Northern San Jacinto Fault – Mystic Lake Site (2009-2011)
This study was completed in 2011 as part of my master thesis project at San Diego State University. It took place in the San Jacinto Valley step-over, along the northern part of San Jacinto Fault in Riverside, California. In this study, we implement a remote- and field-based mapping techniques and analysis the Cone Penetrometer Test and paleoseismic trench data. The goal is to document paleoseismic evidence along this section of the San Jacinto Fault, estimate the Quaternary faults slip rate and evolution of this fault, as well as understand the kinematic relations between this fault and the San Andreas fault. Some results from this research has been published here and here. The map below shows the study area and the location of the Mystic Lake paleoseismic site.
Tom Rockwell (SDSU) Nate Onderdonk (UCLB)
Sally McGill (UCSB)
Neotectonics of Java (2011-2016)
In this project, I use Java Island in Indonesia as a case study to understand how the overriding plate of a subduction zone deformed. The main component of this study consist of active faults and fold mapping. The overriding plate of Java has just a few active faults evidence because they are easily removed by the humid climatic system. However, these faults are important due to their proximity to the dense population of Java. To map the faults, I use combination of remote- and field-based geology and geomorphology mapping, quantitative geomorphology analysis, and paleoseismology. I then use the maps of active upper-plate structures, earthquake moment tensor data and stress orientation deduced from volcano morphology analysis to characterize the strain field of Java arc. Further, I use sandbox analog modeling to evaluate the mechanical factors that may be important in controlling the deformation.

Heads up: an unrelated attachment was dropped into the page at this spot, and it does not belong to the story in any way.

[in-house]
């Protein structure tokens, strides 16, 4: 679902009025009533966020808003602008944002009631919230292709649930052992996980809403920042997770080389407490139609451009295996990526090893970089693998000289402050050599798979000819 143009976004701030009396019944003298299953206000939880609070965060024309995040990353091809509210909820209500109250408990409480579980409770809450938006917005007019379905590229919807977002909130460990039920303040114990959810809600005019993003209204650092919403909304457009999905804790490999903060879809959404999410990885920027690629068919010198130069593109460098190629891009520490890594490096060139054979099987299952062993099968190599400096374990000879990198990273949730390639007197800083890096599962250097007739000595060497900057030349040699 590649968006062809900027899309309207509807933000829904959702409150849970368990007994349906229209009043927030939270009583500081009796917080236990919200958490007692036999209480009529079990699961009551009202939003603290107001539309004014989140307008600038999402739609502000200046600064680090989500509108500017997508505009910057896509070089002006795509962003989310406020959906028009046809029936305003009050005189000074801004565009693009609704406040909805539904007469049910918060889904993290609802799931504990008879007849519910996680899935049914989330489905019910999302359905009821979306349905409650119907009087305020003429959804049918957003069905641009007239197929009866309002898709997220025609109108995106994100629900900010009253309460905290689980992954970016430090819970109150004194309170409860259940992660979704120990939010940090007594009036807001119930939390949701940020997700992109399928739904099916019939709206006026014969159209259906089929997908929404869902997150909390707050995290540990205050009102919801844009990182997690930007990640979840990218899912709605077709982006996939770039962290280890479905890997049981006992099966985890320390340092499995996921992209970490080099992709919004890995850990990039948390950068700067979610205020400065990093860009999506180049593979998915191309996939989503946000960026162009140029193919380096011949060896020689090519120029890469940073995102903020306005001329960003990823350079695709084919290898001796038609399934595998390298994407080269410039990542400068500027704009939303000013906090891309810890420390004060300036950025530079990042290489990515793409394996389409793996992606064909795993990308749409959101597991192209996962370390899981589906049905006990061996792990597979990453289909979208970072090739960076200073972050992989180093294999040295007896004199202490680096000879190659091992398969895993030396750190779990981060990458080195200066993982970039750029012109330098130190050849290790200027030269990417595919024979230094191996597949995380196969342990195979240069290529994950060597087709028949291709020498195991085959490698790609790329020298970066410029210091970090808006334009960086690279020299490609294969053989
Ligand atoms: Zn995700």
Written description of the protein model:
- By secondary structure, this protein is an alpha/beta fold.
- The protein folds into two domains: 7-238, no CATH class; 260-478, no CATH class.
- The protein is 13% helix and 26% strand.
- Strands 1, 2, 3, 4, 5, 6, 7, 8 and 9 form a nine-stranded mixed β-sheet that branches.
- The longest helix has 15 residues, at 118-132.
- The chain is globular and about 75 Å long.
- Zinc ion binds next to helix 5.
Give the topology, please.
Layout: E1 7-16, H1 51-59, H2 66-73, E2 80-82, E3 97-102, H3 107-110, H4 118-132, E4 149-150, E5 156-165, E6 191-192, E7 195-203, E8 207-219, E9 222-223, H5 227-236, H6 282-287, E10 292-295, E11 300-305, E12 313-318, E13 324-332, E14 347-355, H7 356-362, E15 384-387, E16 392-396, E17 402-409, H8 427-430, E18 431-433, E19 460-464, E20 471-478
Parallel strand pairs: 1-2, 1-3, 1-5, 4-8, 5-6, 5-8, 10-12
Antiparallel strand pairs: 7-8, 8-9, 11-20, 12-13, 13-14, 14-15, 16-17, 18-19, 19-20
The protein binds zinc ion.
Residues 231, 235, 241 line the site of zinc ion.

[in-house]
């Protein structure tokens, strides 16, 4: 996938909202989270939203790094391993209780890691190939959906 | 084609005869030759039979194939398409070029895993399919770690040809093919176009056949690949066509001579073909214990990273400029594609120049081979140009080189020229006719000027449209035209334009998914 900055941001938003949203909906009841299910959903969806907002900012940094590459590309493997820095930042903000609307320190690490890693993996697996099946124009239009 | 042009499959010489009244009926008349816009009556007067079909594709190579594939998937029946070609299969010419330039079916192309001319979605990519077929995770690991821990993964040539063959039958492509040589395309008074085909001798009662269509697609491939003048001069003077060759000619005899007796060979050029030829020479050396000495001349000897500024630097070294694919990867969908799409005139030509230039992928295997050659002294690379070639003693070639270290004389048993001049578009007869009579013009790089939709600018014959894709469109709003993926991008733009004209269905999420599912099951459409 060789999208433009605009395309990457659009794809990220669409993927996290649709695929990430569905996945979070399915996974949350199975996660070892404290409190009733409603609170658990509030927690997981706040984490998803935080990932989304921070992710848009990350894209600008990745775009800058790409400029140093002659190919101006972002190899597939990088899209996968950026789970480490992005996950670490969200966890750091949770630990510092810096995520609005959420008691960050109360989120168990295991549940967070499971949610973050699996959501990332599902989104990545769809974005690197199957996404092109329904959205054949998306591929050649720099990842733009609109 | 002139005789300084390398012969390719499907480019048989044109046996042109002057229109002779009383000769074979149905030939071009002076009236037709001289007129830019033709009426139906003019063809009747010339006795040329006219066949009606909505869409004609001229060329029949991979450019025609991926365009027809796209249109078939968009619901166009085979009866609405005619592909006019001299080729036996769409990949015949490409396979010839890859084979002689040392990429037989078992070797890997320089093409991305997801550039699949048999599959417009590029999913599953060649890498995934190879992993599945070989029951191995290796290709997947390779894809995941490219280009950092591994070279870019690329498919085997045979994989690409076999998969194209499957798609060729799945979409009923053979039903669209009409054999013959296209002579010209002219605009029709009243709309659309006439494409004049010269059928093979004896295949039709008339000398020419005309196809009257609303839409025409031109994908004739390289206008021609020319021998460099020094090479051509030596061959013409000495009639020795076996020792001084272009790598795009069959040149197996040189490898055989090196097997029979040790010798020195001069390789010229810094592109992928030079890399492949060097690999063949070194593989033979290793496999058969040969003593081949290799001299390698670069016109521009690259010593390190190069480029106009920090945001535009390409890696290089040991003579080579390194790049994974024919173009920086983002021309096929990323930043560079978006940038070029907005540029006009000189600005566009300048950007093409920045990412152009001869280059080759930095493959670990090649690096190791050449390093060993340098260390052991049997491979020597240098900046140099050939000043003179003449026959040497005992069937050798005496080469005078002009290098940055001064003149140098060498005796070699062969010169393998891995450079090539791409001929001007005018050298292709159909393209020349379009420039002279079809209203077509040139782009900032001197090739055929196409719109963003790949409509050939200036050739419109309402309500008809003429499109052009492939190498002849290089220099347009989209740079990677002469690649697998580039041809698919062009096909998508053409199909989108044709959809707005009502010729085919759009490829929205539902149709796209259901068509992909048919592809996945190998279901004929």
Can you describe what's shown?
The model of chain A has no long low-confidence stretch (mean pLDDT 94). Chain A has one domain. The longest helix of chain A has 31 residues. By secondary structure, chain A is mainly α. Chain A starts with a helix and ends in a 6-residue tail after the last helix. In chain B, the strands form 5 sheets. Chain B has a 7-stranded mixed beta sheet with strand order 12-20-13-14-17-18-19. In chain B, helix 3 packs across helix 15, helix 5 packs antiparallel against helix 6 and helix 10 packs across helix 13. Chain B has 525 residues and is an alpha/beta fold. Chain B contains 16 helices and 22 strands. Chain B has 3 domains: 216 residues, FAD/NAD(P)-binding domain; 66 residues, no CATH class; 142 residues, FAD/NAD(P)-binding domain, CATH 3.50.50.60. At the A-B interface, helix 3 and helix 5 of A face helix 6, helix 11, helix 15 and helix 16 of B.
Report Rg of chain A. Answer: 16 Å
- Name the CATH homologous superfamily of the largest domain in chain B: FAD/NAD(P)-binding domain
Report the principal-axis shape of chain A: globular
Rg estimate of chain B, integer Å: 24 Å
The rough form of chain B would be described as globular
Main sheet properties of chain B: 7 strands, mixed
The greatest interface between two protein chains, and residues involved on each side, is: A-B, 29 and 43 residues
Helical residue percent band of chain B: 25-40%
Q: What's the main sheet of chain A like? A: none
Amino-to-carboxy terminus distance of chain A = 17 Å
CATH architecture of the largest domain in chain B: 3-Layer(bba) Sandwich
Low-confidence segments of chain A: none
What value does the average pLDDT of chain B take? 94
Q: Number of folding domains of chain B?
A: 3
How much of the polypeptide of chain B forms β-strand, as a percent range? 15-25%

J Ramon Arrowsmith, Amanda Clarke, Kelin Whipple (Arizona State University)
Lisa Grant Ludwig (University of California Irvine)
Saad Haq (Purdue University)